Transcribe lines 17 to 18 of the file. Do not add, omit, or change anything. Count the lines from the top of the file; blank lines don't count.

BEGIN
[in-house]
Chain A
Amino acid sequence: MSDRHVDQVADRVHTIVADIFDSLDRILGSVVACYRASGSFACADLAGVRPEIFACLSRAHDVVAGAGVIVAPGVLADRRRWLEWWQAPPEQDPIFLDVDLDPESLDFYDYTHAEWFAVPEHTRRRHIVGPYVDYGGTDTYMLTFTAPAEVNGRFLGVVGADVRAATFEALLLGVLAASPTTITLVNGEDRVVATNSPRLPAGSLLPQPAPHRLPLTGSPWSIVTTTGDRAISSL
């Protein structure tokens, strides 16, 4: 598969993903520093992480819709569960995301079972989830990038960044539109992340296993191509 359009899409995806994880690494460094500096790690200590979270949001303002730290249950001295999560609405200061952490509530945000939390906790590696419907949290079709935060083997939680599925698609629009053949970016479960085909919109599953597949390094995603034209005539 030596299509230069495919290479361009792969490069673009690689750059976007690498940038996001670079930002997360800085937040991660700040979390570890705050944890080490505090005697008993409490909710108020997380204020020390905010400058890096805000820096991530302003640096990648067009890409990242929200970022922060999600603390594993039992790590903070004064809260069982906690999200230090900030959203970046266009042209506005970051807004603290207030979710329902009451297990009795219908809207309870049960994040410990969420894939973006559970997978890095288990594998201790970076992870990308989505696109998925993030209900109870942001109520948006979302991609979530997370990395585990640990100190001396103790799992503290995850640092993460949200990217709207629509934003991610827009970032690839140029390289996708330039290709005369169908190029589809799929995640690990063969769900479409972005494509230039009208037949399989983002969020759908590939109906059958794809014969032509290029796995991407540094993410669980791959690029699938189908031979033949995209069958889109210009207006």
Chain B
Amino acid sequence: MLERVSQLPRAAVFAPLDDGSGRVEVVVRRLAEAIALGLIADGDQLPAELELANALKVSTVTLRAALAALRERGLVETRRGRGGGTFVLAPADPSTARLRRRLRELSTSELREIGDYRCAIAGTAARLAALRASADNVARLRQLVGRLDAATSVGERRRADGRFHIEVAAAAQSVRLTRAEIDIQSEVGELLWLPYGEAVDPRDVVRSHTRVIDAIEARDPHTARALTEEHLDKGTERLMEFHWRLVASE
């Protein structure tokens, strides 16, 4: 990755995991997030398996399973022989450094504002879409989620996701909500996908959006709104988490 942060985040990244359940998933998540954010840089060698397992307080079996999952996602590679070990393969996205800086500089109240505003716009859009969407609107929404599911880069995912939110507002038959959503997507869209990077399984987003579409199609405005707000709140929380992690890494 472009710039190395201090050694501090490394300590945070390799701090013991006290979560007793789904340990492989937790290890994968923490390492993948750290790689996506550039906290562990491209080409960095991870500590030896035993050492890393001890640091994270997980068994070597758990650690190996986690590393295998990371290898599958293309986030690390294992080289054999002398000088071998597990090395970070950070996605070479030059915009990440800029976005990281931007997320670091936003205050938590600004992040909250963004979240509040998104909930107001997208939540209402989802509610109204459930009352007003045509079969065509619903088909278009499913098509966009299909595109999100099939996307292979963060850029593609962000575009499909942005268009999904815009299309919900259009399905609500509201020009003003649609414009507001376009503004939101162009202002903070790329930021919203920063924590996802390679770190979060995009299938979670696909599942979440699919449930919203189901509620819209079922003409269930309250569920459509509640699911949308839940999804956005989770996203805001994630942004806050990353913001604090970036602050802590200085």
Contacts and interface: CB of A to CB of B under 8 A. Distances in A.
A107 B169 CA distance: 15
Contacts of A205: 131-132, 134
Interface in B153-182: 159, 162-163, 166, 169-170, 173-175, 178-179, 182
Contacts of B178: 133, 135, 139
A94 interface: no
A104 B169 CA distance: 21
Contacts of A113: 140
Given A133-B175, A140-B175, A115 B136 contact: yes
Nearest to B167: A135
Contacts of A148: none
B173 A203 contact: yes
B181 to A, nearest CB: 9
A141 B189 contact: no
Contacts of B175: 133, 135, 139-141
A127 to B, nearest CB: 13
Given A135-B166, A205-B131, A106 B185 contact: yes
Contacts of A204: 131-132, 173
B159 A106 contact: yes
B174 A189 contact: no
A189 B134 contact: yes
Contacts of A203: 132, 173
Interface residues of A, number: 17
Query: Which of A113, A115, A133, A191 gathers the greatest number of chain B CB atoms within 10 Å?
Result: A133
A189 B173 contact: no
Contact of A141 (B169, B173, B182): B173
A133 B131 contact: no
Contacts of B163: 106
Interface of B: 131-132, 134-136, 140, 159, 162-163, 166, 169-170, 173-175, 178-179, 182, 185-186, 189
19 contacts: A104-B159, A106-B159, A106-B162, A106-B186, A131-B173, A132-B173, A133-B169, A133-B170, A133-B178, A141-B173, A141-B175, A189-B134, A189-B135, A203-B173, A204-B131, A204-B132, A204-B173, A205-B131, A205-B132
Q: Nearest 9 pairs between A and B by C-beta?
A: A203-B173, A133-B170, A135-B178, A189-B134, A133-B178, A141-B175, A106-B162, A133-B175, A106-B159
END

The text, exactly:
Nearest to B167: A135
Contacts of A148: none